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Getting to know Jane Kenyon


Peaking too soon and changes in university life
Donald Hall Poet
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I began to be more ignored - I had... oh, Richard Nixon one point when he lost elections, said a famous line, 'I... we peaked too soon', and so I... I think I peaked too soon with Exiles and Marriages - with that first book of poems.  And maybe I peaked also in my ambition, and cleverness, and arrogance, or something, as well as in public response. I certainly had too much praise for an inferior book, but now I would bring out books and they'd be little noticed, and little reviewed, and... well, when I look at them now in retrospect, I don't mean to say that a vast injustice was made. I think that the third book, the Roof of Tiger Lilies, where oh... The Long River and some of the other more expression... expressionist poems came out, I think that was ignored and had bad luck, but subsequent books were perhaps just not good enough. That is when, at the end of this period, oh - several things happened - one more negative thing. I had taught for about 10 years, and I had loved it, and I continued to love the classroom, I never stopped.  But the university began to change, and it began to be more oppressive as an institution. I met lots of people, it seems to me, who like their classes, but don't like the structure, the administration and so on, and they weren't particular administrators, or particular things they did, everything was numerical. They talked about students as if they were turning out, you know, Ford cars down at the Ford plant, and every decision seemed to be taken for financial reasons from the university as a whole. When I had been... first a teacher... every class was... every student body year was bigger than the last one. People were being hired all the time, few people were being fired.  Then there were more teachers than there were jobs, and the competition for those jobs, and the... the backbiting and the nastiness, not directed at me - I had tenure early - I had tenure after just a few years, was very unpleasant in the corridor. I got to stay away from the... on the English Department coffee room, and so on. I didn't want to hang around there. I always wanted to go home and get to work instead.  But the English Department meetings became kind of excruciating. I've always disliked all meetings of anything. I hate poets meetings. I hate everything... all meetings, but the English Department meetings became factionalised, and... people standing up bursting into tears... one sweet man, kinda dumb, and he... he knew literature very well, factually, and parts of it with great sensitivity, but he was naïve to the point of stupidity sometimes. He stood up, and when people were crying and yelling, and said, 'Oh let us all be good Christians together'.  You know about one-third of us were Jewish. He didn't notice apparently, you know.  He went home and had a heart attack and died. He was a sweet man, naïve... that's a bizarre story, but the other things were kind of sordid in their factionalism and so on.  So although it did not color my feeling about the classes and students, I certainly felt less happy with the institution, and at the same time I'd been there long enough so that they wanted me to be on committees more, and even to run committees, and so on, and that was unpleasant.  But I thought I would stay teaching at the University of Michigan until I retired. I didn't particularly want to go anywhere else, I didn't think anywhere else would be better, I guess, but I was... I was timid about the possibility of making a living by freelancing until a certain point.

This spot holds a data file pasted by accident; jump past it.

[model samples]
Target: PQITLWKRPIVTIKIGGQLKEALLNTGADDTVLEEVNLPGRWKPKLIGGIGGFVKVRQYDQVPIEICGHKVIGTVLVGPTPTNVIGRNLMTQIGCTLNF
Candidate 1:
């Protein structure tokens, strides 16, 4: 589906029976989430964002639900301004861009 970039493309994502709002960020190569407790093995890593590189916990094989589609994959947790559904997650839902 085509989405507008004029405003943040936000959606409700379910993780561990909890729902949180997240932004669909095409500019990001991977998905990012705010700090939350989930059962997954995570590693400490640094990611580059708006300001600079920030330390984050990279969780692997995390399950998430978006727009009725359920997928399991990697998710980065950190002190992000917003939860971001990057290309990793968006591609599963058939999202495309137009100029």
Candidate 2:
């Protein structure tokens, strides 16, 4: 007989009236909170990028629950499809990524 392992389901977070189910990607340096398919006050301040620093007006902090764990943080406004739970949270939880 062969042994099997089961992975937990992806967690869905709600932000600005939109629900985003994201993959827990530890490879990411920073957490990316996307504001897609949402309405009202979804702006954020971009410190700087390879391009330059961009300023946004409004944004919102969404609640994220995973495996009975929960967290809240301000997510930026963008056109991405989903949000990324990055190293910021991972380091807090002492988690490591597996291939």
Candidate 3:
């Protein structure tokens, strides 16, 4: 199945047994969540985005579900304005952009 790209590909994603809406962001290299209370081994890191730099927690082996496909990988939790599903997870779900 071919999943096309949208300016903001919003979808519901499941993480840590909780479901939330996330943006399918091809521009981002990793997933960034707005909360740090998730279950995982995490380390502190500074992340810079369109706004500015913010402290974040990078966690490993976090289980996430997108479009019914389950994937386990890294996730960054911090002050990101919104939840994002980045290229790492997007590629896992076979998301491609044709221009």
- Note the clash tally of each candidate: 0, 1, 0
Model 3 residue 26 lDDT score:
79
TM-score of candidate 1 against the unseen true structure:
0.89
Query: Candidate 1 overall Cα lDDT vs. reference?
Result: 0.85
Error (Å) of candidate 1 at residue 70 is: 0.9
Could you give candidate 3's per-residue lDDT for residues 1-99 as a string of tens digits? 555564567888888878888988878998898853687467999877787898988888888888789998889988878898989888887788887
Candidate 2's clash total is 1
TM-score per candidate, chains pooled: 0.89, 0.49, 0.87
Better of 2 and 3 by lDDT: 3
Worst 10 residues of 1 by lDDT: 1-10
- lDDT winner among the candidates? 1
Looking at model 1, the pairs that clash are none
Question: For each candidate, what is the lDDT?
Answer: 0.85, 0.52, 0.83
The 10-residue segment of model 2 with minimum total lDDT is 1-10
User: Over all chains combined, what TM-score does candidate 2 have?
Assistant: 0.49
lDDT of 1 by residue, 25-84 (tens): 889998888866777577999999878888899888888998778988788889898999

The 14th US Poet Laureate Donald Hall (1928-2018) was educated at Phillips Exeter Academy, then earned a bachelor's degree from Harvard in 1951 and a BLitt, from Oxford in 1953. He published many essays and anthologies of both poetry and prose including String too Short to be Saved: Recollections of Summers on a New England Farm, White Apples and the Taste of Stone, Without: Poems, and Ox-Cart Man, a children's book which won the Caldecott Medal. Hall was editor of the magazine Oxford Poetry, literary editor of Isis, editor of New Poems, and poetry editor of The Paris Review. He won many awards, including two Guggenheim Fellowships and a Robert Frost Medal. At the end of his first Oxford year, he also won the university's Newdigate Prize, awarded for his poem Exile.

Listeners: Kendel Currier

Kendel Currier started working for Donald Hall in August of 1994 as his correspondence typist. Later she took on his manuscript typing as well, and in October of 1998 moved 100 meters down the road from Donald and became his personal assistant, adding many various new tasks to her work. As well as working for Donald for the last 10 and-a-half years, Donald Hall and Kendel Currier share a set of great (or for Kendel great-great) grandparents, making them distant cousins and part of a similar New Hampshire heritage.

Tags: Exiles and Marriages, A Roof of Tiger Lilies, The Long River, University of Michigan, Richard Nixon

Duration: 4 minutes, 55 seconds

Date story recorded: January 2005

Date story went live: 24 January 2008